Neoliberalism is having a bad time of it lately.
ACTU secretary Sally McManus, speaking at the Press Club in March, was the latest to go on the attack. “Neoliberalism, trickle-down economics. These tired ideas have delivered inequality for working people, and ordinary Australians have been the victims”, she said. “The Keating years created vast wealth for Australia, but it has not been shared, with too much ending up in offshore bank accounts or in CEOs’ back pockets.”
The fact that the ACTU is ramping up the rhetoric against pro-market ideology is hardly a sign of the collapse of the neoliberal order; it just poses the question of where the hell they have been for the last 30 years.
But when even Paul Keating starts changing his tune, you have to suspect something more fundamental is going on. Responding to McManus’ comments, Keating told Fairfax Media:
“Liberal economics has run into a dead end and has had no answer to the contemporary malaise. Since 2008, liberal economics has gone nowhere and to the extent that Sally McManus is saying this, she is right. We have a comatose world economy held together by debt and central bank money.”
This is kind of like Pope Paul V remarking, “To the extent that Galileo is just saying that the earth orbits the sun, he’s probably right”.
Keating was the most important driving force behind neoliberalism in Australia – he deregulated the banks, privatised public assets like Qantas and the Commonwealth Bank and championed free market globalisation. He handed control of monetary policy to the Reserve Bank and pioneered using the excuse of a “budget black hole” to slash spending and abandon election promises.
What made it worse was that, as a Labor leader, he was able to drag the ALP and the trade union movement in behind a policy approach that led to the most significant transfer of wealth from workers to the rich since the 1930s Depression.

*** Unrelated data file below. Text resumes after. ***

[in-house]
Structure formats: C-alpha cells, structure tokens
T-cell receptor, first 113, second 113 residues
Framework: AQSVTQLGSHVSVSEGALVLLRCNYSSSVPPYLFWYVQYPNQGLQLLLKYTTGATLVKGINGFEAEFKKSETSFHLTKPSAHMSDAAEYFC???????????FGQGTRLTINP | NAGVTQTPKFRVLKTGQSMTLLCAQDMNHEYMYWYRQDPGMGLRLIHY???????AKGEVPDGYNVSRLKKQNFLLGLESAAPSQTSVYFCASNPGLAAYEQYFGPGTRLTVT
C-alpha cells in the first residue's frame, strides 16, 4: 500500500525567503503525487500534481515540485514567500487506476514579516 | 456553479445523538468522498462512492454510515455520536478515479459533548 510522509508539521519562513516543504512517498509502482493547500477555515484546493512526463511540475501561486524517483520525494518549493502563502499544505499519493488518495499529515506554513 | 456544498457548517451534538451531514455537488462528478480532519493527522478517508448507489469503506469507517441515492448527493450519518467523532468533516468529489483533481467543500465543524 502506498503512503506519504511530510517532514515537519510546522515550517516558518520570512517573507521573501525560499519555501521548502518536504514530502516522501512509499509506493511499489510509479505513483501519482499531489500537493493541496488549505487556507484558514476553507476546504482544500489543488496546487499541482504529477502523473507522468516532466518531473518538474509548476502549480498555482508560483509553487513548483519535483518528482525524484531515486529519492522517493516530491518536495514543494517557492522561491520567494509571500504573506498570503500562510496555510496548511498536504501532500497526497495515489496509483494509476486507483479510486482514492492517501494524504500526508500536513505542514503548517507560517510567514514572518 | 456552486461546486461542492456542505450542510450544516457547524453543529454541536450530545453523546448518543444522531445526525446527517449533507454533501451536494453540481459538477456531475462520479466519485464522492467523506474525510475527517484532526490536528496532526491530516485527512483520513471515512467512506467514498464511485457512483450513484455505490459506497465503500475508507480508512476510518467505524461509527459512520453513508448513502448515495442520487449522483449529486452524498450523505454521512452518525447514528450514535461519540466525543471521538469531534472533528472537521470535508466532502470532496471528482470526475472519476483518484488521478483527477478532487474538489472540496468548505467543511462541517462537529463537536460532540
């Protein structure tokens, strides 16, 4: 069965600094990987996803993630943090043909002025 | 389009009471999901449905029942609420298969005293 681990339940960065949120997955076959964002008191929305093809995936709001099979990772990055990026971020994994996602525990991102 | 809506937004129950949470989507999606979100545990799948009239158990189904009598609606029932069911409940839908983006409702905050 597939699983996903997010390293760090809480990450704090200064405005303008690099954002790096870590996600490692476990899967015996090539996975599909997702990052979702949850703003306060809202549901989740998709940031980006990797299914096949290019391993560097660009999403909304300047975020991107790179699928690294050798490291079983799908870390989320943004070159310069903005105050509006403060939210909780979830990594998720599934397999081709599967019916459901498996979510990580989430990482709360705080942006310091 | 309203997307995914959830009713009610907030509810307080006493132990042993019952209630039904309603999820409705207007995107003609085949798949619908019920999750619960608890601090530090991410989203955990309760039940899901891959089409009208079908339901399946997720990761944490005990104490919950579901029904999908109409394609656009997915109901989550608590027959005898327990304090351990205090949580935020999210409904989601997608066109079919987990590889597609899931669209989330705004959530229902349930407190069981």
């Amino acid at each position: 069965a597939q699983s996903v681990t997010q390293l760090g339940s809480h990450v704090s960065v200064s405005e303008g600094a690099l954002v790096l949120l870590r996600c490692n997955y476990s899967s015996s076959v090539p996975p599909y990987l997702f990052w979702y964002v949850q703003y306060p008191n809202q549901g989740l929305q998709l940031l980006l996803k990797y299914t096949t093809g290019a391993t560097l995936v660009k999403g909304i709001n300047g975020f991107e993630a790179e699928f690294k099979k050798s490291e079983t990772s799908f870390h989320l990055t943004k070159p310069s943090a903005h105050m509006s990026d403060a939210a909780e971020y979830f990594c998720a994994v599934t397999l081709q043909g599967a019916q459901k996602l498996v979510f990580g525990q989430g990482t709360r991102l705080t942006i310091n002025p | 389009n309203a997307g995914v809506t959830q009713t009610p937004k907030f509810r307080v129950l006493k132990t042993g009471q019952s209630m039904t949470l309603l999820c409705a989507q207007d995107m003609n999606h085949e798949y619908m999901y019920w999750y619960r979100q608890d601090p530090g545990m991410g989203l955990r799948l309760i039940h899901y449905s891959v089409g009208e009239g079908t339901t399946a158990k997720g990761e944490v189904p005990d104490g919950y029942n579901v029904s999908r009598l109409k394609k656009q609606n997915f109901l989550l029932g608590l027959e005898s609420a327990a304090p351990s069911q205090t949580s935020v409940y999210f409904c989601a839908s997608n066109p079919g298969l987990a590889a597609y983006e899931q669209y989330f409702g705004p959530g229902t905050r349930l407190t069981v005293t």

The disastrous levels of class inequality in Australia today and the fact that our trade unions are weaker than they have ever been flow directly from the Keating era.
When the global financial crisis struck in 2008, many people (me included) predicted that the neoliberal order was finished. It wasn’t. In spite of the obvious and calamitous failure of “free market” economics (they weren’t really “free”, but that’s another issue), politicians from both left and right mainstream parties doubled down, bailing out the banks and implementing waves of austerity. It was socialism for the rich and capitalist savagery for the poor.
Initially, they got away with it. So weakened had the workers’ movements and the left become from decades of retreat, that resistance to austerity was either hardly existent or weak enough to be put down.
But if they thought they got away with it, they were wrong. Nearly a decade later, what Tariq Ali calls “the extreme centre” is in meltdown on both sides of the Atlantic, facing challenges from both left and right. Australia, which rode out the worst of the financial crisis, has seemed largely immune from this crisis. But maybe not forever.